According to a recent poll conducted by Ellison Research, it was found that the ministers continue to prefer the New International Version, among all the different Bible versions available in Christian market
The survey was conducted with a representative sample of 700 senior pastors across the U.S. The survey also found that the ministers’ choice of Bible is based on the accuracy of the translation and its readability.
With the NIV being the most popular version (31% favored the NIV), four other favored Bible versions include the King James, the New Revised Standard, the New King James, and the New American Standard Version.
Ron Sellers, president of Ellison Research, pointed out that many of the newer versions and translations of the Bible have yet to make significant inroads into the market. Meanwhile, he said, "When you take everything other than those [aforementioned versions], just nine percent of all Protestant ministers rely on anything other than the big five, if you will. So it was a bit of a surprise that other ones have really done very little to impact the clergy market."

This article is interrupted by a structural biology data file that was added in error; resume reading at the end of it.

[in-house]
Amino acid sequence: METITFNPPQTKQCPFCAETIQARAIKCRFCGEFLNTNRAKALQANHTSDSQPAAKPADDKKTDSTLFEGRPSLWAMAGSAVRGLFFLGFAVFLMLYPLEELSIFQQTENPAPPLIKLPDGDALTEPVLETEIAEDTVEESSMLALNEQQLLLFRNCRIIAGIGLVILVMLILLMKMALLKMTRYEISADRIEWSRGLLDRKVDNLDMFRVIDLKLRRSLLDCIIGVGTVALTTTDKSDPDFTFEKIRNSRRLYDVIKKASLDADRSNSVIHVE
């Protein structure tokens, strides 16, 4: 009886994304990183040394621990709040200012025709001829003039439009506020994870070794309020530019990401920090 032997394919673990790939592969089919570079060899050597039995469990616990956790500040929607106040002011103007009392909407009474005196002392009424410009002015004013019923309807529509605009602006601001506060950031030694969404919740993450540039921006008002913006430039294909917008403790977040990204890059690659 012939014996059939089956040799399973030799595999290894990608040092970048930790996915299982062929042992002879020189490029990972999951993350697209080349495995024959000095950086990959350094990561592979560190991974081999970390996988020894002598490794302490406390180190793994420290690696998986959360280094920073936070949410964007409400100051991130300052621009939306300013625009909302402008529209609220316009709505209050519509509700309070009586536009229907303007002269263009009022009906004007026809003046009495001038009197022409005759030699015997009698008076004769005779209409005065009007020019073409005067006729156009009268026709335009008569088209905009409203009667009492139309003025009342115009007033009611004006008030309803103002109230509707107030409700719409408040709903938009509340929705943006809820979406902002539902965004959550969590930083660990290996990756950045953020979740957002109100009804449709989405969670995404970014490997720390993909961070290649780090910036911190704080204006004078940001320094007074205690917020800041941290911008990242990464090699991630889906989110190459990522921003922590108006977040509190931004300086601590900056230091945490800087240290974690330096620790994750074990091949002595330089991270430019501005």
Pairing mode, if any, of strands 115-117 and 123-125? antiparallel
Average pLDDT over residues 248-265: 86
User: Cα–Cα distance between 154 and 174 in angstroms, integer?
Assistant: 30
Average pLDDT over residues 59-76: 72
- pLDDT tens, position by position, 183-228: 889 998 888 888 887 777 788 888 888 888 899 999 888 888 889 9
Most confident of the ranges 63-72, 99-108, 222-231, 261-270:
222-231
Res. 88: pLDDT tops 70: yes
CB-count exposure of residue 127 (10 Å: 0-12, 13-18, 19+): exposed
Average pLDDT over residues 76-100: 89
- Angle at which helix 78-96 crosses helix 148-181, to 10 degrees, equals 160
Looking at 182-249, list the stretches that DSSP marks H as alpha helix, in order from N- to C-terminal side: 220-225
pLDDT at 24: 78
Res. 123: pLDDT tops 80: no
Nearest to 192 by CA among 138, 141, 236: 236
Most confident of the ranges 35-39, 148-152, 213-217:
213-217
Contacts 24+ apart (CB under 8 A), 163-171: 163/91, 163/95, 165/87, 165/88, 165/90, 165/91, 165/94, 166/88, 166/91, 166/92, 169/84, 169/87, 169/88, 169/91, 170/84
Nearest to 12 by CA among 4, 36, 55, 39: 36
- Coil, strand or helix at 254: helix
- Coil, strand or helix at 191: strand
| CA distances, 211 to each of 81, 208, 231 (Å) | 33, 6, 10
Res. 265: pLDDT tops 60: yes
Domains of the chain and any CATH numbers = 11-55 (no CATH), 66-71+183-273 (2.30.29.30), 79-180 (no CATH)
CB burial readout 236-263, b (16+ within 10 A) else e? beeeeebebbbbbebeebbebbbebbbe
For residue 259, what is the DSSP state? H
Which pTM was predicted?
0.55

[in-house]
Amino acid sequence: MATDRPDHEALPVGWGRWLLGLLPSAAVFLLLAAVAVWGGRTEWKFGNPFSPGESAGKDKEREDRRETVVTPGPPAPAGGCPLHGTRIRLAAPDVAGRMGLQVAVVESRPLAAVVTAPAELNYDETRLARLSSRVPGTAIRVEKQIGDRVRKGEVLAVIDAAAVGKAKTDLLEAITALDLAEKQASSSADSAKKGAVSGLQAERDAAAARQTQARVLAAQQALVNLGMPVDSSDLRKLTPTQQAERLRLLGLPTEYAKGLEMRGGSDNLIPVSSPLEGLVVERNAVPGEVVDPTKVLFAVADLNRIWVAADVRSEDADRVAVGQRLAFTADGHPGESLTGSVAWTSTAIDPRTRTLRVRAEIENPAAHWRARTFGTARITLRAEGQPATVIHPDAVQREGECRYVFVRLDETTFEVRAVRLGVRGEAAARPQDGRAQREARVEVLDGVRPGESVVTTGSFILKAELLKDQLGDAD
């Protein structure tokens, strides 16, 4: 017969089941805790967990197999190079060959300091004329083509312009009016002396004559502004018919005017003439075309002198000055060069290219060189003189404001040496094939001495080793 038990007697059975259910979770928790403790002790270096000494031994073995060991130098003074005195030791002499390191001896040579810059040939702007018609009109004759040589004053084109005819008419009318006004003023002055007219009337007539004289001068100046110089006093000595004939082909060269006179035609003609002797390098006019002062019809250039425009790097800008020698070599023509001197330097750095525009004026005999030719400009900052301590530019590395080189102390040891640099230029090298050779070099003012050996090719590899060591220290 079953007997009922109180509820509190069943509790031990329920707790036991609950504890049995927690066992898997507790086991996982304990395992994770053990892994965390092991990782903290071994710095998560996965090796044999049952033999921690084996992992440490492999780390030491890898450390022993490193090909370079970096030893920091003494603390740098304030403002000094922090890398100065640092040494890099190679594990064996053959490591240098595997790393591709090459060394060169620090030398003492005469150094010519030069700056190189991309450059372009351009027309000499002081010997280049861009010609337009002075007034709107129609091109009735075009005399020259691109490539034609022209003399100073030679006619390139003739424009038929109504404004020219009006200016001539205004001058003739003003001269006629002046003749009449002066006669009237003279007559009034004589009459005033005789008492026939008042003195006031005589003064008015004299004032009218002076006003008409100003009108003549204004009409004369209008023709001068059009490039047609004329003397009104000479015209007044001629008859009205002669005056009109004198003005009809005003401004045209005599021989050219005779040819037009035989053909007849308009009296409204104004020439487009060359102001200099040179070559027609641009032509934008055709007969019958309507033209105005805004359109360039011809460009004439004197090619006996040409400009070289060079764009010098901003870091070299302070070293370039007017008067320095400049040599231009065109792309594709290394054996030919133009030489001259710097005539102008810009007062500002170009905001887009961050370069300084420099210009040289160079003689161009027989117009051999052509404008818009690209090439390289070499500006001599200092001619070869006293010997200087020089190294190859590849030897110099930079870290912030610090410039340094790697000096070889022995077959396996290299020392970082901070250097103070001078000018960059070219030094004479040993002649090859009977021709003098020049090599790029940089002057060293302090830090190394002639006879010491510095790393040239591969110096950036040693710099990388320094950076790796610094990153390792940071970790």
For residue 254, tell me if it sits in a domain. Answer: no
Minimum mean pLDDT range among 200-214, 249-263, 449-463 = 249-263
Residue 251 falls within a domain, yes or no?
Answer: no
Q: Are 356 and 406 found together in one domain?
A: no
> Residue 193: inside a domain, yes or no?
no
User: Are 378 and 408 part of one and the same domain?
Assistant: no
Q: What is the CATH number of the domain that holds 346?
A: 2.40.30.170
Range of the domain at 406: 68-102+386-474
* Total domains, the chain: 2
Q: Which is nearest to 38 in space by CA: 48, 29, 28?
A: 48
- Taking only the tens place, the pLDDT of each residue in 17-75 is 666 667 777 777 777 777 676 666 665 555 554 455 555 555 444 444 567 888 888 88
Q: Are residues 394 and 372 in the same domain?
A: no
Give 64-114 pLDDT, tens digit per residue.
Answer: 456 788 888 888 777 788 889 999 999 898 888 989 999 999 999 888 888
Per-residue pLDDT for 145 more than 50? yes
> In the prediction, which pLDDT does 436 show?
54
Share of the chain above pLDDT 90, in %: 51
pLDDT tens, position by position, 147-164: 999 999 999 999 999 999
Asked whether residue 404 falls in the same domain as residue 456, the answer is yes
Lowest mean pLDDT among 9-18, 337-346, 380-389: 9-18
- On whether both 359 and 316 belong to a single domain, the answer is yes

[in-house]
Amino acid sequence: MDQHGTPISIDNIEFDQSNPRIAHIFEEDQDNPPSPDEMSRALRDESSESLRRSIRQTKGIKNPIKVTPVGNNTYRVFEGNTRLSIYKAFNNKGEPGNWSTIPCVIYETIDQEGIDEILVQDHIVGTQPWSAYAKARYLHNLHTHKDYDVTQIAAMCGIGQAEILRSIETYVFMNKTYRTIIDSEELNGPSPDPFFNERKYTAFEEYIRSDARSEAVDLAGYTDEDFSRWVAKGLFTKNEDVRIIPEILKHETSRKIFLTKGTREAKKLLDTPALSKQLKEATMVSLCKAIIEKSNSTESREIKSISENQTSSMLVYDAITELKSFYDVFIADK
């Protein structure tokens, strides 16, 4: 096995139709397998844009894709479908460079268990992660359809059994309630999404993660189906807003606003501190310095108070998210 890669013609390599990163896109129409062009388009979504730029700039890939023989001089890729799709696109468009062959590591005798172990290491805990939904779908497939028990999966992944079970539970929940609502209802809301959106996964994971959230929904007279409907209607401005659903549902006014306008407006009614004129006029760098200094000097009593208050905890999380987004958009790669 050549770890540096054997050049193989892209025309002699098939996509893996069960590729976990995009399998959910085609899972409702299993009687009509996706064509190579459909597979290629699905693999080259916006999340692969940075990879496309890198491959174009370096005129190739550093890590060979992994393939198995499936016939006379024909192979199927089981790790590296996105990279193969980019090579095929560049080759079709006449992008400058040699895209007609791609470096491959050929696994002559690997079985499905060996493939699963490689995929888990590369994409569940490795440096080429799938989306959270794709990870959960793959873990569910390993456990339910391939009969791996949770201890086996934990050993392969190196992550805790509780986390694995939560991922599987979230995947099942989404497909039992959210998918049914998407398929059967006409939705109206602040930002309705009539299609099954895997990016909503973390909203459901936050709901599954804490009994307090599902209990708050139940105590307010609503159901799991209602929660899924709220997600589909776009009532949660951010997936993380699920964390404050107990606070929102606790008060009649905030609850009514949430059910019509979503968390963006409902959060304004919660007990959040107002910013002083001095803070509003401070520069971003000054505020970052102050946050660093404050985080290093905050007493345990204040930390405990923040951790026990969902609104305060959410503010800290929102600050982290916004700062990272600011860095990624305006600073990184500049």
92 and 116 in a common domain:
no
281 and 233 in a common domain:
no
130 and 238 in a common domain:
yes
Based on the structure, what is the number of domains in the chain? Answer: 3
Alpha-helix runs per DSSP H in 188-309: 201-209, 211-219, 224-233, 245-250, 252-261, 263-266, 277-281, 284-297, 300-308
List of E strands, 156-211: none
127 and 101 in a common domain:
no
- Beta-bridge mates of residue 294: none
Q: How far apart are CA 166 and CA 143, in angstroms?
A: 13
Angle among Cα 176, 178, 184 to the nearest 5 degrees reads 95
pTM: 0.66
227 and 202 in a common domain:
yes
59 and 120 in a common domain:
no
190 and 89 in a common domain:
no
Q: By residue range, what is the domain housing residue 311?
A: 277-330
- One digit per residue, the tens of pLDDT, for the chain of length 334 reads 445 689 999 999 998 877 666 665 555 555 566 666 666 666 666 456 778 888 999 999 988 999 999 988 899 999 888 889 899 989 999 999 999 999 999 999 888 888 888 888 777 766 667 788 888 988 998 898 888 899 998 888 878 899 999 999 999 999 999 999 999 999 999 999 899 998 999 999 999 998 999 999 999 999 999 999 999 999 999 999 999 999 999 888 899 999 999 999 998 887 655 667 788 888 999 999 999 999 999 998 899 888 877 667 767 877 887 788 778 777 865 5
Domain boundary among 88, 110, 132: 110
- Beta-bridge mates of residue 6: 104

The survey also revealed that the church denominations vary in their choice of the Bible versions and that each denomination has its own favorites.
According to Sellers, the study revealed that there is "tremendous variation denominationally in what Bibles are used by ministers as well as what Bibles they would recommend to their congregation."
"Number one among the Pentecostal churches was the King James Version -- it almost wasn't mentioned among Methodists," Seller noted, "The New American Standard was very popular among Southern Baptists and among Lutherans it was fairly popular, but it was not one of the most popular versions among Methodists and Pentecostals."
Ministers also expressed their strong opinions about which versions to not to use. According to the survey, ministers chose the Living Bible, Today's NIV, The Message, and the King James Version as the versions they would least likely to recommend.